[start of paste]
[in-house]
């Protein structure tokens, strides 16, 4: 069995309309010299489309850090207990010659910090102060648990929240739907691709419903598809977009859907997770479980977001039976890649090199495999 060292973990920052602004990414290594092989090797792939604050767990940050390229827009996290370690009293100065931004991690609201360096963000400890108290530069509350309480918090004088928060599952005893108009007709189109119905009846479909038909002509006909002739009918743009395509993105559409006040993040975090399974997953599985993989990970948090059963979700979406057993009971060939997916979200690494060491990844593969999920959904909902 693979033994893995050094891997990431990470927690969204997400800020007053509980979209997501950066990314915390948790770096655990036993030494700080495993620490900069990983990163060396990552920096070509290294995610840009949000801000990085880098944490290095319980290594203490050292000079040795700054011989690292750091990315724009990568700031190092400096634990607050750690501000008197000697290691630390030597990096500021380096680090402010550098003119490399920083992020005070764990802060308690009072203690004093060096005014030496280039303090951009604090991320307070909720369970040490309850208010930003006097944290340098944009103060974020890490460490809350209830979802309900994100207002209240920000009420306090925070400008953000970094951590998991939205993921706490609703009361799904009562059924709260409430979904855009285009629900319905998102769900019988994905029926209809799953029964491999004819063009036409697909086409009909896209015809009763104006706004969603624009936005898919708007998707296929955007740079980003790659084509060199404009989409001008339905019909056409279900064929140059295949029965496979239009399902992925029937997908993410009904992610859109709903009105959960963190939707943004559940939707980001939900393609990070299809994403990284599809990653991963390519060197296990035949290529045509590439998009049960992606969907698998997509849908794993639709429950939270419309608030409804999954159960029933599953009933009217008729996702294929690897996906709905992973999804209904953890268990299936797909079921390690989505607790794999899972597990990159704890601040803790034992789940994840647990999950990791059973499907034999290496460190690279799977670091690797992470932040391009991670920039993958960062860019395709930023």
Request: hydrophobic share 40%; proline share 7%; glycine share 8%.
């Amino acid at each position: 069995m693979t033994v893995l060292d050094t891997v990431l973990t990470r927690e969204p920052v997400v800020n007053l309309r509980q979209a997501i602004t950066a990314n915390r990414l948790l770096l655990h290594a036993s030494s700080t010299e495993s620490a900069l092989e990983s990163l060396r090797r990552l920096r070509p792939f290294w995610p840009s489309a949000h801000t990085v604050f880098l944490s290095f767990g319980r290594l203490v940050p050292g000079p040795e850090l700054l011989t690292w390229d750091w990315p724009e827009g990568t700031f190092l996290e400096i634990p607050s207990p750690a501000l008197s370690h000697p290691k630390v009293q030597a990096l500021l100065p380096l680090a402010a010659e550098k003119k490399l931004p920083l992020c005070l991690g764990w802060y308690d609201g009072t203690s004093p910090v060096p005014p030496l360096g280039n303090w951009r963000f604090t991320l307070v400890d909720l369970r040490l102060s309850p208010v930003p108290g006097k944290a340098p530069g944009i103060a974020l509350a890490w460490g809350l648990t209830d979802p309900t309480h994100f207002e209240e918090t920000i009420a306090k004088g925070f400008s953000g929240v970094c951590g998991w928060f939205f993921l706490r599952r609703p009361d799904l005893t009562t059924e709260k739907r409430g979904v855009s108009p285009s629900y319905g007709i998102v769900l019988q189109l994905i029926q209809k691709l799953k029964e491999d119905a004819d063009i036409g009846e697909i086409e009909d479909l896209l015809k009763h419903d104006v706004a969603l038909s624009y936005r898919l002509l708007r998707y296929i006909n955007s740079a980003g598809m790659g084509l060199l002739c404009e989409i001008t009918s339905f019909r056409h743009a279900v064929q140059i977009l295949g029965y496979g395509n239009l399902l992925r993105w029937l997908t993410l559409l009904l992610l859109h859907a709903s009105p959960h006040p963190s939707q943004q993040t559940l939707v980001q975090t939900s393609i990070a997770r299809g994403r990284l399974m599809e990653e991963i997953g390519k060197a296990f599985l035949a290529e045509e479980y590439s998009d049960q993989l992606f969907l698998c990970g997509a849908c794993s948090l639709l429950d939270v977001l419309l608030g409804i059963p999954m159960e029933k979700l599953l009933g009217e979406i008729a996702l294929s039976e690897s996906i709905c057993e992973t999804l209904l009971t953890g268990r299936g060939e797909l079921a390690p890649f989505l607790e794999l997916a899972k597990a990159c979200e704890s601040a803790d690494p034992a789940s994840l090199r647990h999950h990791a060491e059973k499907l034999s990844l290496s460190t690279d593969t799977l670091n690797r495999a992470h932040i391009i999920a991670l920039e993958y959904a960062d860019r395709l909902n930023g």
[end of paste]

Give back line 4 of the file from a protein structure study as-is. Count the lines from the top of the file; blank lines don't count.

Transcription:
């Amino acid at each position: 069995m693979t033994v893995l060292d050094t891997v990431l973990t990470r927690e969204p920052v997400v800020n007053l309309r509980q979209a997501i602004t950066a990314n915390r990414l948790l770096l655990h290594a036993s030494s700080t010299e495993s620490a900069l092989e990983s990163l060396r090797r990552l920096r070509p792939f290294w995610p840009s489309a949000h801000t990085v604050f880098l944490s290095f767990g319980r290594l203490v940050p050292g000079p040795e850090l700054l011989t690292w390229d750091w990315p724009e827009g990568t700031f190092l996290e400096i634990p607050s207990p750690a501000l008197s370690h000697p290691k630390v009293q030597a990096l500021l100065p380096l680090a402010a010659e550098k003119k490399l931004p920083l992020c005070l991690g764990w802060y308690d609201g009072t203690s004093p910090v060096p005014p030496l360096g280039n303090w951009r963000f604090t991320l307070v400890d909720l369970r040490l102060s309850p208010v930003p108290g006097k944290a340098p530069g944009i103060a974020l509350a890490w460490g809350l648990t209830d979802p309900t309480h994100f207002e209240e918090t920000i009420a306090k004088g925070f400008s953000g929240v970094c951590g998991w928060f939205f993921l706490r599952r609703p009361d799904l005893t009562t059924e709260k739907r409430g979904v855009s108009p285009s629900y319905g007709i998102v769900l019988q189109l994905i029926q209809k691709l799953k029964e491999d119905a004819d063009i036409g009846e697909i086409e009909d479909l896209l015809k009763h419903d104006v706004a969603l038909s624009y936005r898919l002509l708007r998707y296929i006909n955007s740079a980003g598809m790659g084509l060199l002739c404009e989409i001008t009918s339905f019909r056409h743009a279900v064929q140059i977009l295949g029965y496979g395509n239009l399902l992925r993105w029937l997908t993410l559409l009904l992610l859109h859907a709903s009105p959960h006040p963190s939707q943004q993040t559940l939707v980001q975090t939900s393609i990070a997770r299809g994403r990284l399974m599809e990653e991963i997953g390519k060197a296990f599985l035949a290529e045509e479980y590439s998009d049960q993989l992606f969907l698998c990970g997509a849908c794993s948090l639709l429950d939270v977001l419309l608030g409804i059963p999954m159960e029933k979700l599953l009933g009217e979406i008729a996702l294929s039976e690897s996906i709905c057993e992973t999804l209904l009971t953890g268990r299936g060939e797909l079921a390690p890649f989505l607790e794999l997916a899972k597990a990159c979200e704890s601040a803790d690494p034992a789940s994840l090199r647990h999950h990791a060491e059973k499907l034999s990844l290496s460190t690279d593969t799977l670091n690797r495999a992470h932040i391009i999920a991670l920039e993958y959904a960062d860019r395709l909902n930023g």